Giving back is a recurring theme in the nonprofit world. No matter what the mission of the organization may be, so much of what we do, when we do it well, is based on the idea of giving back, mentoring, and helping others learn from your own experience to succeed in their own journeys.
This past Monday (August 13, 2017), I had the distinct pleasure of serving as the keynote speaker for the Young Nonprofit Professionals Network (YNPN) National Conference in Atlanta, GA.
The reception we received after a disruptive conversation about the way poverty needs to be addressed at YNPN Atlanta clearly shows we’re working in a sector that’s primed for disruption.
The single word I wanted to focus on was “disruption.” I know “disruption” is a term you hear more often describing tech startup businesses rather than nonprofit efforts, but I really believe the way poverty is addressed is primed for disruption and Future Foundation’s story only serves to illustrate that fact.
The YNPN keynote provided an opportunity to initiate a conversation about the way poverty is addressed in America. To take a look at the Disruption Playbook we’re writing at Future Foundation and challenge leaders in our sector to break the status quo, and revamp the 50-year-old social policies and strategies that have been failing so many communities.
Since 2007, Future Foundation of Atlanta has been graduating 100% of our students in an area where low graduation rates are standard. We are proud to say the results we’ve seen since opening our doors in 2004 are undeniable. More important, we’re proud of what our students go on to do after graduation and we’re using our 13 years of success to build on what we’ve learned to fundamentally disrupt the way poverty is battled here in Atlanta, across the country and around the world.
How we do it?
The same way Uber disrupted transportation. The same way Airbnb disrupted travel. We are operationalizing a second-family model designed to make the most of existing resources.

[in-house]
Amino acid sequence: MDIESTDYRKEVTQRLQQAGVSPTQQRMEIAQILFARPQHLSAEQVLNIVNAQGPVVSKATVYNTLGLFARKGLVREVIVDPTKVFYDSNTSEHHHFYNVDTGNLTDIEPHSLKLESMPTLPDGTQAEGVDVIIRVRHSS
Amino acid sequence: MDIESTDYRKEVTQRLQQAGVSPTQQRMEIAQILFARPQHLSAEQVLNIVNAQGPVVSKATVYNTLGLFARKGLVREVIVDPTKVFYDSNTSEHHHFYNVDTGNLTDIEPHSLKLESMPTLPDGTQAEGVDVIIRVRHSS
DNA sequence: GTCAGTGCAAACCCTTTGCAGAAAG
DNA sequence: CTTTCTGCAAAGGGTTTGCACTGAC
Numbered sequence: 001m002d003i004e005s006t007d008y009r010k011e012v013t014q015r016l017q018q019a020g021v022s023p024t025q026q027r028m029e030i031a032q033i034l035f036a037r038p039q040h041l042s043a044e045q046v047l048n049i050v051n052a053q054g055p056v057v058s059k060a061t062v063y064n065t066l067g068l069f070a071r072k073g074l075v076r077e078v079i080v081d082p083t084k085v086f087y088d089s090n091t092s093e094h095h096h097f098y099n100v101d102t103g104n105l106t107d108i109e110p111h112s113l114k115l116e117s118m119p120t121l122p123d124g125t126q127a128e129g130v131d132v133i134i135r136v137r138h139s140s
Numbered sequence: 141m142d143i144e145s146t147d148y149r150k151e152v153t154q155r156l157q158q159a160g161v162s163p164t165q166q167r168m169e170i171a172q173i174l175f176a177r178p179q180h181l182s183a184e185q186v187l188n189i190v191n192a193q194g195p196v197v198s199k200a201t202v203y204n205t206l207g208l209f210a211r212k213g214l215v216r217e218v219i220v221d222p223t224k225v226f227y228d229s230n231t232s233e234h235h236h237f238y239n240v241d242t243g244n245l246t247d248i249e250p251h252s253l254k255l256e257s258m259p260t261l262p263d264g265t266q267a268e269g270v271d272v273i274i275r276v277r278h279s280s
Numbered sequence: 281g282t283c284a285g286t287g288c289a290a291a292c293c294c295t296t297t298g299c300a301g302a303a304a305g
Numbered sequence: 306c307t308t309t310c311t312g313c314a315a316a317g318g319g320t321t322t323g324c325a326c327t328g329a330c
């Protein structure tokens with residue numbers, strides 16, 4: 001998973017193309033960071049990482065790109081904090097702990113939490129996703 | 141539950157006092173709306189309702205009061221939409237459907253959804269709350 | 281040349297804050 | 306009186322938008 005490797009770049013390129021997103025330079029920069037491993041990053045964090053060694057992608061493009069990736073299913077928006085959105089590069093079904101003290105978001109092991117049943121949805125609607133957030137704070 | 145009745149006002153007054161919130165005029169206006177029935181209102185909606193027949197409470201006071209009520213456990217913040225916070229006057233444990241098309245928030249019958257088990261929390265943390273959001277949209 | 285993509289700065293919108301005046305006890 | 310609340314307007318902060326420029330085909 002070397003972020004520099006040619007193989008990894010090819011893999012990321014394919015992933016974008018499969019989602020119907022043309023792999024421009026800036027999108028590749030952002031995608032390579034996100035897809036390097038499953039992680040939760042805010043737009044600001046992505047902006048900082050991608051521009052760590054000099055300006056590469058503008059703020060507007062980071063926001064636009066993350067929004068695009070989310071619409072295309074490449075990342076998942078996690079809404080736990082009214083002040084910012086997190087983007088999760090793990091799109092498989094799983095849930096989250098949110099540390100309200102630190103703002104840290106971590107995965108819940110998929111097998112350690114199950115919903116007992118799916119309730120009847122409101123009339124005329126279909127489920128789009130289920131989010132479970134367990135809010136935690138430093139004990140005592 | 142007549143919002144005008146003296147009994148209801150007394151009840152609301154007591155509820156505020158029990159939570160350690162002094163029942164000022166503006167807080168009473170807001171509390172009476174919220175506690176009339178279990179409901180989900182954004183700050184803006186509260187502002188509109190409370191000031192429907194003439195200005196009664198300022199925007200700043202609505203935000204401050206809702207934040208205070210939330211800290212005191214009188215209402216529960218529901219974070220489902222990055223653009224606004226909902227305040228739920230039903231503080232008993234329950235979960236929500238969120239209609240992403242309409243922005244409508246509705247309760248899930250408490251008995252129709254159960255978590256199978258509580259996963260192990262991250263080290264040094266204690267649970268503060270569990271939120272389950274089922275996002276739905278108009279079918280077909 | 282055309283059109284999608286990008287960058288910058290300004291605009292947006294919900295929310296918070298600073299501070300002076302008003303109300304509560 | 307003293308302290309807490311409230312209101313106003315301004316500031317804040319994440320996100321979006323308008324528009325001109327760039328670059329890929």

Uber didn’t build a new fleet of taxis to deliver its service. It devised a way to mobilize people who already own cars to deliver a relevant, valued service to their customers.
Airbnb didn’t build thousands of hotel rooms. They connected people who wanted to rent out rooms to people who wanted to stay in interesting places at an affordable rate.
Both of these startup “unicorns” disrupted conventional thinking and reinvented an industry.
We in the nonprofit world so often get absorbed into “good works” thinking. And there’s nothing wrong with that. It’s what drives us internally.
But it’s the disruptive ideas that can drive growth and success and real change in the world. It’s happening in the for-profit world, why can’t it happen in the non-profit one? Why can’t we disrupt poverty?
We are continually gathering data from our Second Family Model and partnering with a wide variety of people, organizations and resources to organize a model to create a disruptive, repeatable, scalable solution to poverty. We’re finding ways to connect existing resources to energize solutions to create opportunities utilizing the greatest asset we have in the not-for-profit sector—our people.
This shift is about relinquishing control of resources, decreasing bureaucracy, collecting real time data to improve student experiences, infusing innovative technologies into marginalized communities, and collaborating to coordinate resources in a strategically aligned ecosystem. It’s an ecosystem made up of a second family that spans the faith business, government, school system, and nonprofit communities.
Poverty statistics in America have not changed in 50 years. Judging from the response of young leaders listening to the disruption discussion at YNPN Atlanta this year, the time is now to seize the moment and disrupt our sector before other industry change disrupts our work.